As the social media world has evolved, we have seen influencers, athletes, actors, and more use their platforms to share their mental health journeys. They are using their platforms, such as Instagram, TikTok, Snapchat, and Twitter, to share their journey with the world, creating a space for others to feel comfort in knowing that they aren’t alone and a space to connect with others who might be going through something similar.
One notable athlete changing how mental health is perceived is Simone Biles, an Olympic athlete who had to step down in the 2020 Olympics due to her own mental health needs. Biles experienced the “twisties.” The twisties refer to a mental block that can interfere with a sense of where an athlete’s body is in space, which is especially dangerous for gymnasts. She used her platform to bring awareness to her mental health struggles and shed light on the overwhelming stigma mental health receives. When influencers, athletes, and other community members shed light on their journey, it can resonate with others, knowing that people from all walks of life experience their mental health struggles and there is support.
The hardest thing to do is to ask for help and advocate for yourself; this is a strength. Asking for help is difficult, and you are the only one who knows yourself and your needs; this is commendable. It’s OK not to be OK! Your mental health journey can look like a roller coaster, fast/slow, twists/turns, and ups and downs; it takes time to heal.
The Power of Personal Stories
As you see, influencers share their journeys, creating normalcy around the mental health stigma and helping others feel not alone. It’s important to remember that they are sharing what they are comfortable sharing; you won’t be seeing every aspect. Not every aspect of your mental health journey needs to be public. You can be selective about what you want to share and when you want to share it. Doing this will allow you to maintain a sense of privacy and personal space creating that needed boundary. When you share your experiences, you give others a point of reference, which can be invaluable for those struggling in silence. This is important to remember because everyone’s mental health journey is different. You will be different from others, and that’s okay, but it’s important to remember not to compare yourself to others in their journeys. Their or even your journey can inspire hope and create a sense of community for those who may feel isolated. It also helps others seek support in their communities and also gives them the possibility of being able to advocate for themselves on their journey.
Prioritizing Self Care
Balancing advocacy with personal well-being can be challenging. Advocates often feel a sense of responsibility to help others, but it’s essential to remember that self-care is not selfish. It’s a prerequisite for effective advocacy. Take the time to care for your mental health. This might mean stepping back from social media when needed, seeking professional support, or engaging in activities that rejuvenate your spirit, like walking, reading a good book, or spending time with family and friends. Self-care looks different to everyone; it might be sitting down and watching your feel-good show. You have to do what makes you feel good and feel rested. It’s essential to prioritize this aspect of yourself, especially in avoiding burnout.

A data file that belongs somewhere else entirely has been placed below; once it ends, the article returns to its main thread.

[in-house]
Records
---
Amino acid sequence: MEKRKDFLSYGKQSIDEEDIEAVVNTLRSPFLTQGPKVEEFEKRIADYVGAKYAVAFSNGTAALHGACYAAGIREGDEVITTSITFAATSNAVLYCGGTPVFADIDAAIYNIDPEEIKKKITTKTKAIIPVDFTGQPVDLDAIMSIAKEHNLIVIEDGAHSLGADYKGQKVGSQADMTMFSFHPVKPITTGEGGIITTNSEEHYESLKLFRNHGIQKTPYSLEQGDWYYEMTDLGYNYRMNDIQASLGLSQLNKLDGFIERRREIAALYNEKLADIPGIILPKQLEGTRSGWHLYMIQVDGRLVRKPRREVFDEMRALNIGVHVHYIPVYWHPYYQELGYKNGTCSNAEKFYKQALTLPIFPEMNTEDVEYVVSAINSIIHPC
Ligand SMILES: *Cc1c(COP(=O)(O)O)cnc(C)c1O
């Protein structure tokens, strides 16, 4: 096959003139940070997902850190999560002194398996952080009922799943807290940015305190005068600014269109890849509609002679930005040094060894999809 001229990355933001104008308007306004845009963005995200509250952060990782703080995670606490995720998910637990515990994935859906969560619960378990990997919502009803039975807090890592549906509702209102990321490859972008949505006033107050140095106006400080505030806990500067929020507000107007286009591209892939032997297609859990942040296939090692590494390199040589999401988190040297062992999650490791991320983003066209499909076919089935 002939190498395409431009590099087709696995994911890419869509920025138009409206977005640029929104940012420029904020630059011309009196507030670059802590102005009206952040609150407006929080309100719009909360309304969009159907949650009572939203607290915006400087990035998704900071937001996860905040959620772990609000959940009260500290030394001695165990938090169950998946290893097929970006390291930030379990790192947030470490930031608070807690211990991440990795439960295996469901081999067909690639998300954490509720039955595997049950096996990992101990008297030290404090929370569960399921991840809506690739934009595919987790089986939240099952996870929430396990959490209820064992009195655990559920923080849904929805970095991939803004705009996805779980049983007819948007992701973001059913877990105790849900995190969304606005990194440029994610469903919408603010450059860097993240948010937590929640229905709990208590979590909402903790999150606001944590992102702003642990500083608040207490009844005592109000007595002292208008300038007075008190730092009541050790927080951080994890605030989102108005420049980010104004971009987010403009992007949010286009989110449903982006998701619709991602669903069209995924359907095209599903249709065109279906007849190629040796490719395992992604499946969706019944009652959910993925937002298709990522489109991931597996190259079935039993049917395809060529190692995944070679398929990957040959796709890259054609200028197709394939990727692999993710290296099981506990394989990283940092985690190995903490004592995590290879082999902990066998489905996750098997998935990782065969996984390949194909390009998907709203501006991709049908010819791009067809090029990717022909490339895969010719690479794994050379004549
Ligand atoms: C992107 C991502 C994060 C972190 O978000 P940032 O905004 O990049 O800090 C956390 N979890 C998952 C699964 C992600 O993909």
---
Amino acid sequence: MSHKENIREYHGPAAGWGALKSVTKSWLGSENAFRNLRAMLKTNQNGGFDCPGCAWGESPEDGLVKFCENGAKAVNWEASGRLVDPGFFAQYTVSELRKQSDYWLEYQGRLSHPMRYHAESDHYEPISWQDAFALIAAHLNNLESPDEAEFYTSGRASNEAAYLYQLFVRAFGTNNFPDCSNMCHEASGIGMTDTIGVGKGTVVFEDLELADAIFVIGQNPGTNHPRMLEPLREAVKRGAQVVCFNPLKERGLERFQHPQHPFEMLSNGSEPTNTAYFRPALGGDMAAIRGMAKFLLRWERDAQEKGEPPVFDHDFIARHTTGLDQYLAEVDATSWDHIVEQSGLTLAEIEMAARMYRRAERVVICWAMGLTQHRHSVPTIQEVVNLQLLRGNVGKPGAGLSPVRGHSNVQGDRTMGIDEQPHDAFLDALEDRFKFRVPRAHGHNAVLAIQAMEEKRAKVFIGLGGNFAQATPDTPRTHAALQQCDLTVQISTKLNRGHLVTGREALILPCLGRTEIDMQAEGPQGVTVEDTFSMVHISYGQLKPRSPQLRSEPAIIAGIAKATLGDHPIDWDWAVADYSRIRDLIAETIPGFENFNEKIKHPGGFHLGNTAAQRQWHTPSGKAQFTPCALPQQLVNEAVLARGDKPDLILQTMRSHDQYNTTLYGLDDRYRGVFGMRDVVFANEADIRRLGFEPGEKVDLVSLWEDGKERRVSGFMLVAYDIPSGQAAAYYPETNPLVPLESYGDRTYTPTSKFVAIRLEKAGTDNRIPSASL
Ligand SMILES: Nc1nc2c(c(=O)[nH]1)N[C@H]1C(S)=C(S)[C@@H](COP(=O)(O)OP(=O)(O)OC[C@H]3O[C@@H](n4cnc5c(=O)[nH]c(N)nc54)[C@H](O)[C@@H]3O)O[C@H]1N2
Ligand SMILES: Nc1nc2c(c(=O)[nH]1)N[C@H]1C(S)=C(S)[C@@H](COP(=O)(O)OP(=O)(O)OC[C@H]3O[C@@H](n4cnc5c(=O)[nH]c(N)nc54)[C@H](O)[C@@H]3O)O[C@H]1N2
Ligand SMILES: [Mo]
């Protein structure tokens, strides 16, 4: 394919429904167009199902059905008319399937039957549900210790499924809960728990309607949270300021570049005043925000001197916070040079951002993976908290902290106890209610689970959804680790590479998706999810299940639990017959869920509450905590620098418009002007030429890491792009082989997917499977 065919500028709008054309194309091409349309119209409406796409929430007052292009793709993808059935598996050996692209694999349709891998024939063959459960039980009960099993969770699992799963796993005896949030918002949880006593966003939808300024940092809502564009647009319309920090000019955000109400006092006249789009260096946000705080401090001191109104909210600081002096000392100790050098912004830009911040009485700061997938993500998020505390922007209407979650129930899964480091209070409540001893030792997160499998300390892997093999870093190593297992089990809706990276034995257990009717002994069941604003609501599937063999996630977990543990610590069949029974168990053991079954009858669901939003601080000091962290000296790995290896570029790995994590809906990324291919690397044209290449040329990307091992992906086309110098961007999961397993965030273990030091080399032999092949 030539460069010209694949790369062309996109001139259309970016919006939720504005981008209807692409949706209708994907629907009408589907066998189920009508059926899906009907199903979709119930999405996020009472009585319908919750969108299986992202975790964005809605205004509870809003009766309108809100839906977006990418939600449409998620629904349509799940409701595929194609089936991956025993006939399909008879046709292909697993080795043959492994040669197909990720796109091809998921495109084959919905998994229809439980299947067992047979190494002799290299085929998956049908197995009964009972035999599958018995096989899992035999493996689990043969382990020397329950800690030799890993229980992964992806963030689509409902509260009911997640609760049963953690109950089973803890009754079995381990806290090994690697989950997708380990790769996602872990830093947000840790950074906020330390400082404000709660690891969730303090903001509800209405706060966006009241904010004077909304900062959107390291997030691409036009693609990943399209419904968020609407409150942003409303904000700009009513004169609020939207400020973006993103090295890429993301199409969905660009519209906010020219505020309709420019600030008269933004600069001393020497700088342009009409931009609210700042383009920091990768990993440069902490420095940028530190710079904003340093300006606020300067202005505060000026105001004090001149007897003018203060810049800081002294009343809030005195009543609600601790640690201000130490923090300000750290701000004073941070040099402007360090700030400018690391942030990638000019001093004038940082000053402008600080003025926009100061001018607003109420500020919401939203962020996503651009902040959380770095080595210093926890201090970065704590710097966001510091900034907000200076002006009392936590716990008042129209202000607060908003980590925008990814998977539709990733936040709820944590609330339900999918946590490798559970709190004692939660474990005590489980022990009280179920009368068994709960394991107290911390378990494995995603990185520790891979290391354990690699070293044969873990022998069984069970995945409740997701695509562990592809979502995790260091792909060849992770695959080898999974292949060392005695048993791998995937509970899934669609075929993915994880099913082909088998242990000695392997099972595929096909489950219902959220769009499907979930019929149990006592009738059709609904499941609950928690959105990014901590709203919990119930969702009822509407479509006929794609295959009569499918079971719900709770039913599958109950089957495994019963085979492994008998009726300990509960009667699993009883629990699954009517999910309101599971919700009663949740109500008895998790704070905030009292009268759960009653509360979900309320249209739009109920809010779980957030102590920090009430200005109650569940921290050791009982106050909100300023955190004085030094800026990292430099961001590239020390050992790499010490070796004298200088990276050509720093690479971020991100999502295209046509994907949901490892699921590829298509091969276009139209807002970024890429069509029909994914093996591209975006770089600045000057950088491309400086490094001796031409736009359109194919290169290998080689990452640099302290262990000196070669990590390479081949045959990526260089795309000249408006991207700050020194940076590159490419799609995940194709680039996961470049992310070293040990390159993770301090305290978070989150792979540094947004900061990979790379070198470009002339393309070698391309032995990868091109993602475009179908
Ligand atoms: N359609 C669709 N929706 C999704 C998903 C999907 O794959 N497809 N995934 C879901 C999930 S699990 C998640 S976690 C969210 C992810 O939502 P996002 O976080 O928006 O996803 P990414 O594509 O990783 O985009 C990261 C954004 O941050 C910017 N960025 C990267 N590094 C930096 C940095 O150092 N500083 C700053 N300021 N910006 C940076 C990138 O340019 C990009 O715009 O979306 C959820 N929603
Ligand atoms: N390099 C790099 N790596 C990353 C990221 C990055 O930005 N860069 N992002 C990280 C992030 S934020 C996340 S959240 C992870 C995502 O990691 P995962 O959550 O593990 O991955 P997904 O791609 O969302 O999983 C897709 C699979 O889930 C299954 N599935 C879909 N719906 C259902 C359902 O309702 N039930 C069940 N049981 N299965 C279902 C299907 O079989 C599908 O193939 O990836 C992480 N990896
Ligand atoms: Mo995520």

The digital world can be overwhelming, especially when advocating for a cause like mental health. Setting clear boundaries for your online engagement will help. Schedule social media posts, limit online time, and curate your feeds to ensure a positive and supportive environment. Remember that you have control over what you consume and share.
Setting boundaries may involve limiting your social media usage or designating specific times for sharing, all while recognizing that not every aspect of your life needs to be shared. As Simone Biles expressed, “Everybody expects me to speak out, but I kind of do it whenever I’m ready, in a good mental place, because it is a lot at the end of the day, and it does spark a very big conversation.”
Advocating for mental health doesn’t mean you have to do it all alone. Seek support from fellow advocates, friends, family, trusted adults, or mental health professionals. They can provide guidance, reassurance, and a listening ear when needed. Remember you are not alone in this journey, seek support and resources in your community when needed!
Remember that your journey is ever evolving. You will have good and bad days, and that’s perfectly normal. Your advocacy can adapt to reflect these changes. It’s okay to reassess your boundaries, share new insights, and take breaks when necessary. Embrace the fluidity of your journey. Your journey matters, remember to take time for yourself and indulge in needed self-care.